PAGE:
Giant invasive fish are injuring boaters in the Midwest? Crazy but true. A new law will help corral these intruders.
Imagine paddling along in your canoe or going for a swim in a tranquil national park river, enjoying a perfect afternoon. Then, out of nowhere, a fish as large as a golden retriever leaps out of the water toward you. Scary? Definitely. But that’s the least of it.
The monstrous invasive fish known as Asian carp pose a major threat to Minnesota’s fishing, boating, and outdoor recreation economy. They are voracious feeders that can grow more than four feet long, weigh up to 100 pounds, and quickly consume the small native plants in rivers and lakes, devastating the food pyramid and drastically reducing native fish populations. One species of carp can jump as high as ten feet out of the water, damaging boats and even injuring boaters. While these incidents may seem amusing at first, Asian carp’s impact on the water sports industry in Minnesota could have serious economic consequences for the state. It could also impact visitors’ experiences in two special national parks where enjoying the water is the primary activity, the Mississippi National River and Recreation Area (MNRRA) and the St. Croix National Scenic Riverway.
To combat this threat, NPCA is co-chairing the Stop Carp Coalition, with support from local partners representing conservation groups, anglers, marinas, and private property owners, to stop Asian carp from establishing a foothold in Minnesota. Although present in the state, these invasive fish have not yet established themselves in Minnesota’s waters. The closest reproducing population is just south of Minnesota in Iowa. But there are reasons to worry—people have caught Asian carp in several places along the Mississippi River in Minnesota, moving upstream in search of new habitat to invade. The coalition’s efforts are focused on making sure Minnesota waterways do not become infested. The group recently worked to pass new federal legislation that will help do just that.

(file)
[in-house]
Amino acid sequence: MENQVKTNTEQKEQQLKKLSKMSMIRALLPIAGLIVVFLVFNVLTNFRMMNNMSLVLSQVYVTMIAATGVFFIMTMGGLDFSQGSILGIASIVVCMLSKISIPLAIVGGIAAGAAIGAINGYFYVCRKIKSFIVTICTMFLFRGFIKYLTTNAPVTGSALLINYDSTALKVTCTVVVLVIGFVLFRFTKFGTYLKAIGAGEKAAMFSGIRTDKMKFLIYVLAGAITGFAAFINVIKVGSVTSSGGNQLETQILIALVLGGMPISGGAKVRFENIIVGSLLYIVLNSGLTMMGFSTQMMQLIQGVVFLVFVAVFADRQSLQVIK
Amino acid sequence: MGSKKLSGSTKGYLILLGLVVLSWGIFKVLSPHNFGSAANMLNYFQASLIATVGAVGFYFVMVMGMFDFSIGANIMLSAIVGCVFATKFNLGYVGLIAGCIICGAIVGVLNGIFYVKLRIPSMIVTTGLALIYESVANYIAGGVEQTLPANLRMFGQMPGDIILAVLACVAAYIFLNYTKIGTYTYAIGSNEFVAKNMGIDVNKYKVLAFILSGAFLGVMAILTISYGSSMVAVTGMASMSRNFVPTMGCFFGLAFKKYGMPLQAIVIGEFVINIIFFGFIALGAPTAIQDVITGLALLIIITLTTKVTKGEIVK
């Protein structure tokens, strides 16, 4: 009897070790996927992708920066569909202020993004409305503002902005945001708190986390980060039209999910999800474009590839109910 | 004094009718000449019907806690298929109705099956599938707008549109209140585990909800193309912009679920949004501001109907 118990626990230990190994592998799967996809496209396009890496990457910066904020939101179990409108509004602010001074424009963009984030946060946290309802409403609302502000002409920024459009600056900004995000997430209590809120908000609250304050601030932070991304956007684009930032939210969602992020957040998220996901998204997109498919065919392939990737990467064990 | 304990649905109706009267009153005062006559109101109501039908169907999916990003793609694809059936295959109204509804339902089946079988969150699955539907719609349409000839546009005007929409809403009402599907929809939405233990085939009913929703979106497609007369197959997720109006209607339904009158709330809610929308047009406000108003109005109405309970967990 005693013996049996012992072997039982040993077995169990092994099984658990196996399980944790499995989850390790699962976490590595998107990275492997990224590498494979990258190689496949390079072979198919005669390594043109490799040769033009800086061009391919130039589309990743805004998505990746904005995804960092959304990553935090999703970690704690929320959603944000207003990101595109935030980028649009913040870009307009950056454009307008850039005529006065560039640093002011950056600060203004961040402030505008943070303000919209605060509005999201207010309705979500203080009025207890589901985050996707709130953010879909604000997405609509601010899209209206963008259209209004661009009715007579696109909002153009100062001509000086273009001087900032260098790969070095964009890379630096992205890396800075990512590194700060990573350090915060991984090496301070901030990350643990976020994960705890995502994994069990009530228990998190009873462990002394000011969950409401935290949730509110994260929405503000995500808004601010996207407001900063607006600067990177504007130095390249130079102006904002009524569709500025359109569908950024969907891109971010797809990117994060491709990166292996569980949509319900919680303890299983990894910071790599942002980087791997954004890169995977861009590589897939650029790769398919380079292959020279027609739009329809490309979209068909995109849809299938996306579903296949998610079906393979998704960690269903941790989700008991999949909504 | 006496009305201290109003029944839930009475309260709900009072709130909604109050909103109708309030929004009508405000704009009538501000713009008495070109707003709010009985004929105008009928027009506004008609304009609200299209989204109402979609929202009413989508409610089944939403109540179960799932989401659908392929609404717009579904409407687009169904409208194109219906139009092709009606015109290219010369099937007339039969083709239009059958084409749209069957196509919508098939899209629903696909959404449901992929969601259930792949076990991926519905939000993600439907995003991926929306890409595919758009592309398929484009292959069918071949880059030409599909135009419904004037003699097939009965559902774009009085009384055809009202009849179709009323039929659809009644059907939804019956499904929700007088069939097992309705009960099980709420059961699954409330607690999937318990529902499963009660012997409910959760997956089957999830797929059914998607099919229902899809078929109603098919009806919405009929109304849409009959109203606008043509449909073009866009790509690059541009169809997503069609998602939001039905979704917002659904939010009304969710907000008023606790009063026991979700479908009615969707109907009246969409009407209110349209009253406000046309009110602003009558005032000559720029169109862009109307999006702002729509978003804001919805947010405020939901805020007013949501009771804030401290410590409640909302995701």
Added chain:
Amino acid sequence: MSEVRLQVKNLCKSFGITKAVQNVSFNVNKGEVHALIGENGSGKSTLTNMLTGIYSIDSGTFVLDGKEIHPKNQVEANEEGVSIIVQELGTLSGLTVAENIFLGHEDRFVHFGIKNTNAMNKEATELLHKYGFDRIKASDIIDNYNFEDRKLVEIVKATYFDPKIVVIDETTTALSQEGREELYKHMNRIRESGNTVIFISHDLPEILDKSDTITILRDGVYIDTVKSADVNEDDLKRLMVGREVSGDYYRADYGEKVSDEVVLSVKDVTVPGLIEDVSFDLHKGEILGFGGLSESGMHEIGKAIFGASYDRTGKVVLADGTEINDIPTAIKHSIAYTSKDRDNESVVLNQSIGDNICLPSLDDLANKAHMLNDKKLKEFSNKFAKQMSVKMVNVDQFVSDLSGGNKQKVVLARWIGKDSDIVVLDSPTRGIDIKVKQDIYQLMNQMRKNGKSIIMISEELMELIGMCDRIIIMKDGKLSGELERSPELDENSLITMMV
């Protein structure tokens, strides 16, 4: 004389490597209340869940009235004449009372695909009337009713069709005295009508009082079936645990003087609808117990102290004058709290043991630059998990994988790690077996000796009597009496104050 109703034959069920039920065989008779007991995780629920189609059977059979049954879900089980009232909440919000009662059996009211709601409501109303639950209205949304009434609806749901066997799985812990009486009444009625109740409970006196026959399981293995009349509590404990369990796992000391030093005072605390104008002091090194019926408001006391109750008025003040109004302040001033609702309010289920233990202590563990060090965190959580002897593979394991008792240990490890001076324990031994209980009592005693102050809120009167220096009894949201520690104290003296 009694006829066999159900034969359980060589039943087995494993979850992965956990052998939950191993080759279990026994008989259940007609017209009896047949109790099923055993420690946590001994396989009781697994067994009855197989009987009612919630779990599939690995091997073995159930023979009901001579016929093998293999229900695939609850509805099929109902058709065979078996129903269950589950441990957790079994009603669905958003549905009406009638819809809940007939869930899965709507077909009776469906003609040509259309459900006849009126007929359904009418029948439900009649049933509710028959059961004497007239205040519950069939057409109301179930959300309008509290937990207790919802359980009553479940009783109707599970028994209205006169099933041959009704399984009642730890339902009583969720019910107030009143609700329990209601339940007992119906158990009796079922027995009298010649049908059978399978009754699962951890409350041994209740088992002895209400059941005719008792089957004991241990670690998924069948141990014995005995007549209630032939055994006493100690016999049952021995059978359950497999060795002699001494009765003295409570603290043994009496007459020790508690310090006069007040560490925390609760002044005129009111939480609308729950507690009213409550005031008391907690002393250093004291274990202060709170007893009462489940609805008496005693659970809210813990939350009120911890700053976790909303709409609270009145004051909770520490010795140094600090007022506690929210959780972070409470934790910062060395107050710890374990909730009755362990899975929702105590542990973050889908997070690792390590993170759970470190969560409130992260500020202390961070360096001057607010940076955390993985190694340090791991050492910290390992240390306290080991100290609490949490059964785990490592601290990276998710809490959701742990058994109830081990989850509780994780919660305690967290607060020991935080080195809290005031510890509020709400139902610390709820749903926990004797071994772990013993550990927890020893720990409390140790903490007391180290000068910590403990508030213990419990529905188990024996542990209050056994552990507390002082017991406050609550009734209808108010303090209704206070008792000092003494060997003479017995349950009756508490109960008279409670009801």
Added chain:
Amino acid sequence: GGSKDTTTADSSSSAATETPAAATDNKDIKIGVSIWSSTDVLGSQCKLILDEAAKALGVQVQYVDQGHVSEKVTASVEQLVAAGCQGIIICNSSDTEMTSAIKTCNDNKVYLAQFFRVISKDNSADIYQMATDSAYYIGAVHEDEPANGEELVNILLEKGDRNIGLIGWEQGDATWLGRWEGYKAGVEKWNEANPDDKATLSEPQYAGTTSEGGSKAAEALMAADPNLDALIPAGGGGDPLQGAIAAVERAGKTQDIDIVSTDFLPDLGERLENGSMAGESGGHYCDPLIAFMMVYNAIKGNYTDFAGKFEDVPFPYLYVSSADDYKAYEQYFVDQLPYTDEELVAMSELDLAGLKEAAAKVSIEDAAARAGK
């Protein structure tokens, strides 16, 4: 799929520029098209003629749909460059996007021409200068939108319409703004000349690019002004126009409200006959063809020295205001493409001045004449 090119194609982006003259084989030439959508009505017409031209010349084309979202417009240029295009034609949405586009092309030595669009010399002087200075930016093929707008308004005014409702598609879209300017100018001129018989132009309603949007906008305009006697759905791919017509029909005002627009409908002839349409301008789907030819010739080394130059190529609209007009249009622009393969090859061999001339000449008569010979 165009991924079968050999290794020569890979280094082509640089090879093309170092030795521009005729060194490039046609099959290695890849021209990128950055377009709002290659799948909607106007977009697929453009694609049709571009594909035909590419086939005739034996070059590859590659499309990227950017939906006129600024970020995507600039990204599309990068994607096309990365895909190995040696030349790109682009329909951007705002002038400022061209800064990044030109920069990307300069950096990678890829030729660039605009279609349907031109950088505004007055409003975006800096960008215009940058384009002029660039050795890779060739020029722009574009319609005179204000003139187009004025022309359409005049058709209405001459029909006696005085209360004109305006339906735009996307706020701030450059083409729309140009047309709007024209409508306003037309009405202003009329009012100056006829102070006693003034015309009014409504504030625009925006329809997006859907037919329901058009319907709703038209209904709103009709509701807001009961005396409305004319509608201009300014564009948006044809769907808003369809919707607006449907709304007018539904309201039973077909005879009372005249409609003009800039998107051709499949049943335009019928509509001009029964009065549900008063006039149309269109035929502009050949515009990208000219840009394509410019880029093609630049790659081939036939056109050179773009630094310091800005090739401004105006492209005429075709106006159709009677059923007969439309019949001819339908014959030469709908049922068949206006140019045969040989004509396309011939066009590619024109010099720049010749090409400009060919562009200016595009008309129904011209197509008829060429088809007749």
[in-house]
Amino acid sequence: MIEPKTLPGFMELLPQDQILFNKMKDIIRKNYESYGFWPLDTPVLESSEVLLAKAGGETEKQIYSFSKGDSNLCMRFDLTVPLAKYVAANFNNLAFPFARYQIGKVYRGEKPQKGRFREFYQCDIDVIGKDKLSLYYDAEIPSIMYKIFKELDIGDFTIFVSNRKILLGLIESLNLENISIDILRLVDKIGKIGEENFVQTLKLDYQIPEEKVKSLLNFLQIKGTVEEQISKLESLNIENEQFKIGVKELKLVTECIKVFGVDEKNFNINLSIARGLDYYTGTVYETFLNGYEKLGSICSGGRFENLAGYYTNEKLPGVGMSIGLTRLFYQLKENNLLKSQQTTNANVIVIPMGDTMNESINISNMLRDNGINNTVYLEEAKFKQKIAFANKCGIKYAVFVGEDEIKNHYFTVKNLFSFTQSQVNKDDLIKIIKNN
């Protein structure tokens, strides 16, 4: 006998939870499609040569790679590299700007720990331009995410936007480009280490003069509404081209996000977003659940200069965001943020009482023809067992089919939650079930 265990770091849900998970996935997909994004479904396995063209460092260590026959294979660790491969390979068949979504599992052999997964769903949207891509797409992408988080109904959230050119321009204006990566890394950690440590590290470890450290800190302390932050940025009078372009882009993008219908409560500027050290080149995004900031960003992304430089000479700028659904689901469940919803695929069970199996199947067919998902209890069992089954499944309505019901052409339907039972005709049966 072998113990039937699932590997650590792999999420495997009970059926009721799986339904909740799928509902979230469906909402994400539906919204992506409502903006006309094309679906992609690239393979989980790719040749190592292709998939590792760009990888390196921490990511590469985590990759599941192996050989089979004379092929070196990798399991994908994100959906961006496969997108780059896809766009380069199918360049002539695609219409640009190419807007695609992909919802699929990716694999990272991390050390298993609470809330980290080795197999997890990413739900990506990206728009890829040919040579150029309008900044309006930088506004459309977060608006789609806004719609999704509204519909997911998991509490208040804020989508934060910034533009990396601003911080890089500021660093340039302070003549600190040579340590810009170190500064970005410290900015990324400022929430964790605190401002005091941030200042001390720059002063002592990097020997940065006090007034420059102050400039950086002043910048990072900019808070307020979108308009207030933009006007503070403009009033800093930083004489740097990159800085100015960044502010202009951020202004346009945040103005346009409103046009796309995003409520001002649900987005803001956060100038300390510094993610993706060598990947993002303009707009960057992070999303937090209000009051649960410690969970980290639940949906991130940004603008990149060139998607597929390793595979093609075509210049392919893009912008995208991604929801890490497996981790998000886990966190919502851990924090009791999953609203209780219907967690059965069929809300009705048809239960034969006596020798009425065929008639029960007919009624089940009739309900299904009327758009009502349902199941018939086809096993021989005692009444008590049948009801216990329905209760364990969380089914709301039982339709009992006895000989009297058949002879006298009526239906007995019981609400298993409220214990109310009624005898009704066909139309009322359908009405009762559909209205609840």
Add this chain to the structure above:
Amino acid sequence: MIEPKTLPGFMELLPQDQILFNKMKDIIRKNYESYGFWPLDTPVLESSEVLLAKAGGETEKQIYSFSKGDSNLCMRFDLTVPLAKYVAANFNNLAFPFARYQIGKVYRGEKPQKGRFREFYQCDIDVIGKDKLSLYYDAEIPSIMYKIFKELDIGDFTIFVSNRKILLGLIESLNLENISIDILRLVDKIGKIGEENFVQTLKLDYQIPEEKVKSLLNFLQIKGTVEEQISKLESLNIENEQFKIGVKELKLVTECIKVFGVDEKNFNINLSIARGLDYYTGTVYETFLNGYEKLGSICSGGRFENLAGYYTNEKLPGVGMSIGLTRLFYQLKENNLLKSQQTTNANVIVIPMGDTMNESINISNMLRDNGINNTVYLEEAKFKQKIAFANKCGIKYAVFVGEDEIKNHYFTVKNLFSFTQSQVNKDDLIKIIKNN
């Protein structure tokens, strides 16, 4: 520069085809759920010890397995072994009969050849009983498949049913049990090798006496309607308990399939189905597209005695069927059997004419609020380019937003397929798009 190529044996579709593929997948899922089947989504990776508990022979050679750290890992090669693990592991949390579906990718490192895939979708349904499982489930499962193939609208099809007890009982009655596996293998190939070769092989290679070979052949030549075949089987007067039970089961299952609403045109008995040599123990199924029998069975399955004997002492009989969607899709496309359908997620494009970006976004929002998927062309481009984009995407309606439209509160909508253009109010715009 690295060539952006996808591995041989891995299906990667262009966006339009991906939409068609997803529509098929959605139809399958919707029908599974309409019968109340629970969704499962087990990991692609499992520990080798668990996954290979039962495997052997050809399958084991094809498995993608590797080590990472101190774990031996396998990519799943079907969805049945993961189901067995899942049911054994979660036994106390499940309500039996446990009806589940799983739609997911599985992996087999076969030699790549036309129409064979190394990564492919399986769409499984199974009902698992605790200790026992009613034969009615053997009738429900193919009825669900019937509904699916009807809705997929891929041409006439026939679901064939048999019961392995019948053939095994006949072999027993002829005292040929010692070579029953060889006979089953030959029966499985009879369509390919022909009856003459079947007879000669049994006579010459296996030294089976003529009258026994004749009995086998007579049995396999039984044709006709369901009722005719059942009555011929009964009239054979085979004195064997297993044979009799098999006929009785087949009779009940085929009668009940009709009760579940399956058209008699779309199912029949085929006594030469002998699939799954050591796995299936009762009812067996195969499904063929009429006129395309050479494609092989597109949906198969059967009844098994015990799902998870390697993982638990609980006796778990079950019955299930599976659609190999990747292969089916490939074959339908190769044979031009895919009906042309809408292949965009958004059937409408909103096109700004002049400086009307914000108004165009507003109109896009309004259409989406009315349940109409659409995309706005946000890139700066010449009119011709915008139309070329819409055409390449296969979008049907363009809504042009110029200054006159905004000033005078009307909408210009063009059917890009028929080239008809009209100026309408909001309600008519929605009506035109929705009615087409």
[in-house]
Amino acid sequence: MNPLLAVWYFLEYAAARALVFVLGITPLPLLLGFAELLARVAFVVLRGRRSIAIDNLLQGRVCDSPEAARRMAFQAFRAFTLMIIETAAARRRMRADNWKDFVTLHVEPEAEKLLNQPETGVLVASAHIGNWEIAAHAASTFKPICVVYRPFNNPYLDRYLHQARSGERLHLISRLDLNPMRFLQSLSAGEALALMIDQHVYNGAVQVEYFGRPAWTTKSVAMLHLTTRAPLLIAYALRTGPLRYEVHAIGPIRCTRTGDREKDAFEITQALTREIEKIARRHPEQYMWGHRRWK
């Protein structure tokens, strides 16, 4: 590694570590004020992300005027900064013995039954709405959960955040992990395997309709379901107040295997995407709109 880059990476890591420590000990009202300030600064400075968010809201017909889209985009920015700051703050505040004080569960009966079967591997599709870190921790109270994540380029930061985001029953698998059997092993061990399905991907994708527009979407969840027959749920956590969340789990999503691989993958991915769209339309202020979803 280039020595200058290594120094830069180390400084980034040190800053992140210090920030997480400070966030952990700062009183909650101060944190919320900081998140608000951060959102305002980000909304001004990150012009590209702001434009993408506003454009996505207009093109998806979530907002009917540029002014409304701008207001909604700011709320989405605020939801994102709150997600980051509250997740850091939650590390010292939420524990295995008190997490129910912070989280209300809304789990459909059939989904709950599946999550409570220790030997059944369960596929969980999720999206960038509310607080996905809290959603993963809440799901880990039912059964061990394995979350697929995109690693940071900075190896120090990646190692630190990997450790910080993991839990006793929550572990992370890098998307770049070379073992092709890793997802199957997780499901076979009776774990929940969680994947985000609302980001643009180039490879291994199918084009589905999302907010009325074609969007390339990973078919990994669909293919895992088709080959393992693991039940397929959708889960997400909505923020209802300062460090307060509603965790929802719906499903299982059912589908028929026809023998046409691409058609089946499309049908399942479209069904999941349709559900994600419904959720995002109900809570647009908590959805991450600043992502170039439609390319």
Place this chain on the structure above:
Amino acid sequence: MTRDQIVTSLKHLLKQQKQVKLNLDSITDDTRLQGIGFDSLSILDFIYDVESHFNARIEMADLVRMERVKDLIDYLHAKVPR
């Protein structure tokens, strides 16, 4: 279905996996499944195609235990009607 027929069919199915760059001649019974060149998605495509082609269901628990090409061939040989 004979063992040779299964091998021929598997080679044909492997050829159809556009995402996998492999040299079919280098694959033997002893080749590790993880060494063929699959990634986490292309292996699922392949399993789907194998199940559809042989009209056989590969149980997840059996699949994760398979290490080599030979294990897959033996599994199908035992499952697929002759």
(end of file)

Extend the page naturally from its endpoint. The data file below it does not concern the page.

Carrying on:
Earlier this month, President Obama signed into law the Water Resources Reform and Development Act (WRRDA) that included two new tools NPCA has been advocating for that will aid in the fight against invasive Asian carp in Minnesota’s waterways.
One important provision in WRRDA will close the Upper St. Anthony Falls Lock in Minneapolis within one year to help stop the spread of Asian carp further north of the lock and effectively protect thousands of miles of rivers and lakes upstream. While closing this lock does not protect the entire 72-mile stretch of MNRRA or the St. Croix River, which meets the Mississippi south of this lock, it is the best available strategy to prevent the northward spread of these invasive fish. NPCA applauds the leadership of both Senator Amy Klobuchar and Representative Keith Ellison who championed this strategy through bipartisan legislation in Congress.
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The second key provision establishes a federal multi-agency task force, led by the U.S. Fish and Wildlife Service, which will coordinate federal efforts to combat the threat of Asian carp in the Upper Mississippi and Ohio River basins. This new federal focus, in addition to the state and local efforts already underway, will help ensure that resources at all levels of government will be brought together to address this threat. NPCA is grateful to Representative Betty McCollum for her leadership to champion this critical strategy in Congress.
While passage of this legislation is an enormous victory for NPCA, our work is not done. The campaign continues to advocate for funding to research this invasive species and install deterrents at lower locks along the Mississippi River to protect the St. Croix and Minnesota Rivers. A public education campaign is also underway to educate and inform Minnesotans on what they can do to help stop Asian carp from moving further north and protect the state’s rivers and national parks.
To learn more, visit the Stop Carp Coalition.
About the author
Christine R. Goepfert Associate Director, Midwest Region, Midwest
Chris is the Associate Director for NPCA's Minnesota Field Office in St. Paul, MN.